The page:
…could be applied to a shape with different materials assigned to each gray value, resulting in something neat like this:

However, to my chagrin, Blender doesn’t seem to have anything like this, at least not an obvious node type. Well, good news, and SPOILER ALERT: I created this image using Blender and the above map. But how?

Many nodes have a ‘Fac’ value, which stands for ‘Factor.’ It’s a value from 0 to 1 that allows you to control the output of the node. For example, the MixRGB node lets you mix colors:

…where a Fac of 0.5 is exactly a half-and-half mix of the two colors. A smaller value (like 0.25) mixes more of the first color,

…and of course a higher value mixes more of the second color:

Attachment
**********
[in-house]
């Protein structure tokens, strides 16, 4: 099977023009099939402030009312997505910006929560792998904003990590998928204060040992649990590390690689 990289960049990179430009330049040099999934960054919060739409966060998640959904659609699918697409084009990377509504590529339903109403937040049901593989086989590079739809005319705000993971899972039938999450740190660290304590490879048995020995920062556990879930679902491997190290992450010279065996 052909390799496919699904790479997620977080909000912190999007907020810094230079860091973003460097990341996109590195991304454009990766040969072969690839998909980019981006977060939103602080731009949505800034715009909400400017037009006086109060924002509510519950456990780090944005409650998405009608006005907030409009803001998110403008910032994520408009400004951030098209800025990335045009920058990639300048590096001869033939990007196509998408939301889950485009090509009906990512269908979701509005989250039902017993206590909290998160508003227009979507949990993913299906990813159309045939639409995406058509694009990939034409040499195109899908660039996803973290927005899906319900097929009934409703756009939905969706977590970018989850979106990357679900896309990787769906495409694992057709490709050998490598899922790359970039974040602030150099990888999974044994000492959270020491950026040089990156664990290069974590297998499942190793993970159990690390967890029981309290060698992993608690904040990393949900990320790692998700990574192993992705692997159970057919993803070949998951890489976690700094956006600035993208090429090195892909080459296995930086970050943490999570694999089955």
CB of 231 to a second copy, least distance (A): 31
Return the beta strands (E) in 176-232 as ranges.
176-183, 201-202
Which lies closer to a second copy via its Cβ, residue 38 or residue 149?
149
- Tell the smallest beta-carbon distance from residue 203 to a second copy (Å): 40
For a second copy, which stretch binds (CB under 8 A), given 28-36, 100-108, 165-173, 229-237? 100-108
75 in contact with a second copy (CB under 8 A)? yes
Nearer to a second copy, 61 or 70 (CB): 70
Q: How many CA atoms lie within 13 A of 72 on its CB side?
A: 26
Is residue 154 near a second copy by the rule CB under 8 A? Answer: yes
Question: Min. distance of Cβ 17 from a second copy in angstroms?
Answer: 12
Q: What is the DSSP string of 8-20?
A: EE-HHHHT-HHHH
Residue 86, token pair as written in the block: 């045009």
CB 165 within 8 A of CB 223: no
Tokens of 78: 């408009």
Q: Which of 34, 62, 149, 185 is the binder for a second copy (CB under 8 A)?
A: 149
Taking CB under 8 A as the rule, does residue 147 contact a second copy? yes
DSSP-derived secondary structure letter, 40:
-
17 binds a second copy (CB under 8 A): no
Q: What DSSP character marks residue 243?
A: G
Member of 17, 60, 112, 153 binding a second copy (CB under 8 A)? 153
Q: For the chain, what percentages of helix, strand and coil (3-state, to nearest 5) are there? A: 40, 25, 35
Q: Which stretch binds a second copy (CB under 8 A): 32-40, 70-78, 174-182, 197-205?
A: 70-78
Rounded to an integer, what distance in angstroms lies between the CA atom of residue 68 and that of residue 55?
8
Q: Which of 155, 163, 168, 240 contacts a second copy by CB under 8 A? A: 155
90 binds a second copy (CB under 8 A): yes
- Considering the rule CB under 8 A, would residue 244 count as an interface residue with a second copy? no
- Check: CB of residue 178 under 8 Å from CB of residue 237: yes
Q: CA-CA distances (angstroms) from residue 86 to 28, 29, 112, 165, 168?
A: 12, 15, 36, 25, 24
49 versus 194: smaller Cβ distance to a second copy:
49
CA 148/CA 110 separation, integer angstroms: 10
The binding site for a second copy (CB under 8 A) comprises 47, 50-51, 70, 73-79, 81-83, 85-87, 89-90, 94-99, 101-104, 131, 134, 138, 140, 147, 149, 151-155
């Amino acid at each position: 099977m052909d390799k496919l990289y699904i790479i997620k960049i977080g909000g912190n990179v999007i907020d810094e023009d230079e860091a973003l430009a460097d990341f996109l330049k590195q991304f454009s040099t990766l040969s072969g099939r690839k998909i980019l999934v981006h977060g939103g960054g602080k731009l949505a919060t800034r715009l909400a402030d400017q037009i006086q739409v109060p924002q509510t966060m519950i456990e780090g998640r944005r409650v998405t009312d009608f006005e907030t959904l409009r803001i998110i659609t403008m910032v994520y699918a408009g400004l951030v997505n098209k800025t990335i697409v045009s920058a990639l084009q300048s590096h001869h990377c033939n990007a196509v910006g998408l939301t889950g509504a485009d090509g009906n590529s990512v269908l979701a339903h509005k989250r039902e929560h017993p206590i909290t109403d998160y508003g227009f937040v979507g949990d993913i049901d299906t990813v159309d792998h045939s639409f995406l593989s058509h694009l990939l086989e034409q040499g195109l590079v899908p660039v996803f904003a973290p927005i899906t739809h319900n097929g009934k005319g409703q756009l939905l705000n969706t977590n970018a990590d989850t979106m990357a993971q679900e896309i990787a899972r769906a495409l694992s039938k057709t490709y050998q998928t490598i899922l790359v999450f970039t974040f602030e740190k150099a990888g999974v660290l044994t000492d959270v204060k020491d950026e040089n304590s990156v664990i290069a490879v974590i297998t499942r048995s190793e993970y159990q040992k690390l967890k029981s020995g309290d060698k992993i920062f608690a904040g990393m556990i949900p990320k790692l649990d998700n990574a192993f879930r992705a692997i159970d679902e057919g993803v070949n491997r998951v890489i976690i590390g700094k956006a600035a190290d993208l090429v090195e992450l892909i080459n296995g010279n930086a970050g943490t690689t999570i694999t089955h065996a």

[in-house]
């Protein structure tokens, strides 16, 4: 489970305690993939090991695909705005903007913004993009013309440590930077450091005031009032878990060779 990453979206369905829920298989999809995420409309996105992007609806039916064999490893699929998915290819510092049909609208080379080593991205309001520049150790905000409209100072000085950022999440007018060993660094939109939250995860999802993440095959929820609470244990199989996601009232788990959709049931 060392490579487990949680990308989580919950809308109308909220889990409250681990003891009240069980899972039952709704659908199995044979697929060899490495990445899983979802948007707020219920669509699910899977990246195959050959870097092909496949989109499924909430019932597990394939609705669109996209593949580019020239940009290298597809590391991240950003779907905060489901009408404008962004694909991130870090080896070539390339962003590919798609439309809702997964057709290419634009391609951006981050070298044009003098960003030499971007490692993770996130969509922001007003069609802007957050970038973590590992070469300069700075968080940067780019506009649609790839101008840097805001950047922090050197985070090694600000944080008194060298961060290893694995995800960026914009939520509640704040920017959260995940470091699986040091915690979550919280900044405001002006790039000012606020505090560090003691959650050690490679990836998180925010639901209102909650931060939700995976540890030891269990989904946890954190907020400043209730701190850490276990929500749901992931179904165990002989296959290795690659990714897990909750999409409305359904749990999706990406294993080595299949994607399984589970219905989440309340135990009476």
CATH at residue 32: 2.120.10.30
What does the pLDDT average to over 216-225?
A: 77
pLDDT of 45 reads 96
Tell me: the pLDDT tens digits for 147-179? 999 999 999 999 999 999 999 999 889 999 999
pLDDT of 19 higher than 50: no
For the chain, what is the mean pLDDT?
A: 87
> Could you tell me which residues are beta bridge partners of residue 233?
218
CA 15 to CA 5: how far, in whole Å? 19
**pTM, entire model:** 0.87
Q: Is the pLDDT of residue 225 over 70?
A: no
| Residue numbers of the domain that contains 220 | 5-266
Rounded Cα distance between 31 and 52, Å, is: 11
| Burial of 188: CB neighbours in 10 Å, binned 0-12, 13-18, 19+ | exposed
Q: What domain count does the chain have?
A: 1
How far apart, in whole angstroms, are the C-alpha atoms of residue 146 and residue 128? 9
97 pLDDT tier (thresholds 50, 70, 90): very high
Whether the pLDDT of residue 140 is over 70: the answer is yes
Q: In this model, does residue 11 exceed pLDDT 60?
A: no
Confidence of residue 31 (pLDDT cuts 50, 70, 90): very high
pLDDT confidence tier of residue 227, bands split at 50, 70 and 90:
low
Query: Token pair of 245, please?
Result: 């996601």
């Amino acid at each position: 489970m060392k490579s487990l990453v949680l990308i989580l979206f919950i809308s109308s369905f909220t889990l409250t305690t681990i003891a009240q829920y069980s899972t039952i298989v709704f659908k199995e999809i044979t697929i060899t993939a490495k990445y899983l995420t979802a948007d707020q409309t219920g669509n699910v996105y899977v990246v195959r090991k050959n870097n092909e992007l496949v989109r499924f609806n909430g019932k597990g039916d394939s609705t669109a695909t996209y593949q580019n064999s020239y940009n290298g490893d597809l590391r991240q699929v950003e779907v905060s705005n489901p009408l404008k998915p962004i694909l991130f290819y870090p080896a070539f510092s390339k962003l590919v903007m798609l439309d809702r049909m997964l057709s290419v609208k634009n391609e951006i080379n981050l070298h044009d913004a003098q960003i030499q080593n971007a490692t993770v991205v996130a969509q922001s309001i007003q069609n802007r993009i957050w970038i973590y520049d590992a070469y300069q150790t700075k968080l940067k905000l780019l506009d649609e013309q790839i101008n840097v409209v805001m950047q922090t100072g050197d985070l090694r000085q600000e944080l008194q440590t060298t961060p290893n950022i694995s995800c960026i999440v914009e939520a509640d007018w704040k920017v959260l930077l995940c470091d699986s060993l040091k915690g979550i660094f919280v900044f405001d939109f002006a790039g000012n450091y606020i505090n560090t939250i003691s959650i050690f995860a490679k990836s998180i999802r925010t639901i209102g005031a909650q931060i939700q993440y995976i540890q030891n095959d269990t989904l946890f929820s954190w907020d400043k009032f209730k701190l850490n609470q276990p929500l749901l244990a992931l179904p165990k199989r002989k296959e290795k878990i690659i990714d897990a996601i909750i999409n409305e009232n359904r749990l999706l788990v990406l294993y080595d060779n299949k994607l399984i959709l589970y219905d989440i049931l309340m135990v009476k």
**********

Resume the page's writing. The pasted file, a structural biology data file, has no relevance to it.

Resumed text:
This is pretty basic, of course. The part where it becomes powerful is that you can put any sort of value from 0 to 1 into that input. Any black and white image will send through a value from 0 to 1, where 0 is black and 1 is white. So if we put a black-and-white checkerboard into that Fac, we actually get a red and blue checkerboard:

This is because the white squares are actually a value of <1, 1, 1> and the black squares are <0, 0, 0>, which is just like setting the MixRGB Fac to 1 or 0, and therefore full blue or full red. If you don’t use white and black you can get also get any mix of the two colors, like if we use the .25 and .75 from above:

You can probably see where we’re going with this. I did say above that you can use* any* black-and-white or grayscale image as the input. If we swap in the image from the beginning of the post, we get this: